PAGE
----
• SUBSCRIBE Method
  • The SIP-UA may send the “federate-out” request within a SUBSCRIBE method. In this case the UA can get an assertion from the Asserting Party (such as the node handling the SUBSCRIBE method) post authentication indicating that the user has rights to subscribe to that information that was allowed in the SUBSCRIBE method. This assertion may be used in another context to get the same benefit of being able to subscribe to that kind of information. For example, the user may login to her enterprise Instant Message (IM) service from her laptop and subscribe to the state of her enterprise peers, managers, or the like. She can then receive an assertion from the enterprise about her subscription rights and present it further to her Yahoo instant message Server to see the status of her non-enterprise buddies on her mobile phone in an integrated IM client.
  • Those skilled in the art will recognize and appreciate that such a “federate-out” functionality can be sent using any essentially SIP method (or possibly any response as well) wherein it is possible to federate out the credentials for that particular transaction or identity.
  • The set of identity information (or user-identity itself) that is being federated out (that is, asserted) by the Asserting Party can be identified by a “federated-identity-URI” (where URI refers to Uniform Resource Identifier). It could be used by the SIP UA when seeking to use the federation at some other SIP Node (such as the Relying Party). This URI can be indicative of the set of identity information that is being federated-out from the Asserting Party. This information will typically be a sub-set of the overall user information or capability. Such enablement of enabling federation for only a sub-set of the user information helps in protecting the user privacy. If desired, this URI need not be the URI used in SIP for accessing the user/device (such as, for example, the AOR or the Contact URI). Instead, if desired, a federated-URI can be generated by the Asserting Party and applied towards the Relying Party using a pseudonym for the user.
  • The Federated-URI will typically be associated with an Assertion, such as that enabled by (but not limited to) the usage of the Security Assertion Markup Language (SAML). This Assertion in turn includes the information that the Asserting Party is willing to assert about the user. Typically this information will be of one or more of (but, not limited to) the following types:
  • Authentication Information—Indicating the times, means, and method by which the user was authenticated;
  • Authorization Information—Indicating the authorization rights of the user; and/or
  • Attribute Information—Indicating the attributes associated with the user.
  • Once a user has federated out a certain right (via, for example, the federation-enablement request associated with a claim to a certain identity and/or rights), the user may take advantage of the federation by federating that identity within another context within the same or a different domain. The following illustrative benefits, amongst others, are rendered feasible and possible by this concept of federating an identity into a context:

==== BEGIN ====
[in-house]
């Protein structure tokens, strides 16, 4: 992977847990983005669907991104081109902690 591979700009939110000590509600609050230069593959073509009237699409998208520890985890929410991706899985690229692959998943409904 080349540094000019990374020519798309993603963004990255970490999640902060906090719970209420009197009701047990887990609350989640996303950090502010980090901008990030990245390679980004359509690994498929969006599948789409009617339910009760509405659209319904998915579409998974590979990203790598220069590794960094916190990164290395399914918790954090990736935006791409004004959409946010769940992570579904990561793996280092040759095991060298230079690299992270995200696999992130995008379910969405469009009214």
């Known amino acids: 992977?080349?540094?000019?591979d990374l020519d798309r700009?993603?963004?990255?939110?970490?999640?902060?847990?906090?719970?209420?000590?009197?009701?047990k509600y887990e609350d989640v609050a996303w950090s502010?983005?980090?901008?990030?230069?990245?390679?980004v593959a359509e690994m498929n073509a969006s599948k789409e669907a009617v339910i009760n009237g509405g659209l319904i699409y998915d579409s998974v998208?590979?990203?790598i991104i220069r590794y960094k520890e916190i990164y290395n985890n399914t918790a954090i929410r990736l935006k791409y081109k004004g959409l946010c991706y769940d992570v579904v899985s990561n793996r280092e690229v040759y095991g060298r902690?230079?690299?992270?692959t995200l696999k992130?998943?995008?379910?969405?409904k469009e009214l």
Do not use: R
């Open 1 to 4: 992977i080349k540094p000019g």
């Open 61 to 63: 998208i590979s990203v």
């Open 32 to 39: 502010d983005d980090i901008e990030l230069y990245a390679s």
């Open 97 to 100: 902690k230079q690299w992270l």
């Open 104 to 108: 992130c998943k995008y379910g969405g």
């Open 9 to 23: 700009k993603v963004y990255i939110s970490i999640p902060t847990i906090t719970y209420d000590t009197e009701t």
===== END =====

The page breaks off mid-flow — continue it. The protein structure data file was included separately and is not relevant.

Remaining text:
• Single-Sign-On (SSO)—A user may federate their identity with the other Serving Nodes in a given domain to obtain corresponding SSO benefits;
  • Attribute Based SSO—A user may federate out her enterprise identity's rights of accessing a conferencing service to another domain to permit using the conferencing facility from another identity;
  • Account Linking—A user may federate her enterprise identity allowing her to publish her location information with her Yahoo identity to thereby permit others to see her location within Yahoo.
  • Referring generally now to FIG. 9, an illustrative call flow 900 as corresponds to identity federation for SIP networks provides a basis for allowing a user to enable federating-in an identity (along with associated credentials and information) into another context by including a Federate-In Request within that context (for example, while registering a device, establishing a session, or publishing any information to get federated benefits). This inclusion of a “Federate-in” Request in a SIP Message (Request or Response) from the user to the Serving Node in turn facilitates honoring the federated identity to get benefits. The Serving Node can then determine whether to choose to accept the federation usage request and to what extent. A Serving Node may, for example, choose to provide restricted federation benefits based on domain policy or other factors and criteria of choice.
  • Identity Federation can be used in SIP by federating “in” some identity information that was previously federated “out.” Thus, post federation-enablement, the user or the SIP UA can send a “federate-in” request in another SIP message to use the previously federated identity and the associated rights along with this new SIP message. The federate-in request could contain the aforementioned “federated-identity-URI” and the Assertion that was returned as a result of the federate-out request.
  • The “federate-in” process will typically always be applicable to the current context of the user. Accordingly, the federation-based benefits are enabled for the current context/transaction as defined by the SIP message, which contains the federate-in request. Those skilled in the art will understand that a context in the scope of SIP may mean a transaction, a dialog, a subscription, a registration, or any other current process being set up between the user and the SIP node.
  • Thus, the “federate-in” functionality is configured and arranged in such a way that it can be used in essentially any SIP request or Response where the user wants to include and/or receive identity federation benefits. This flexibility to use a “federate-out” and “federate-in” headers in a user-chosen manner in almost all the SIP requests and/or responses introduces a highly flexible, leveragable, and scalable identity federation architecture for SIP that effectively allows for plugability of user credentials from one SIP administrative domain and/or context to another.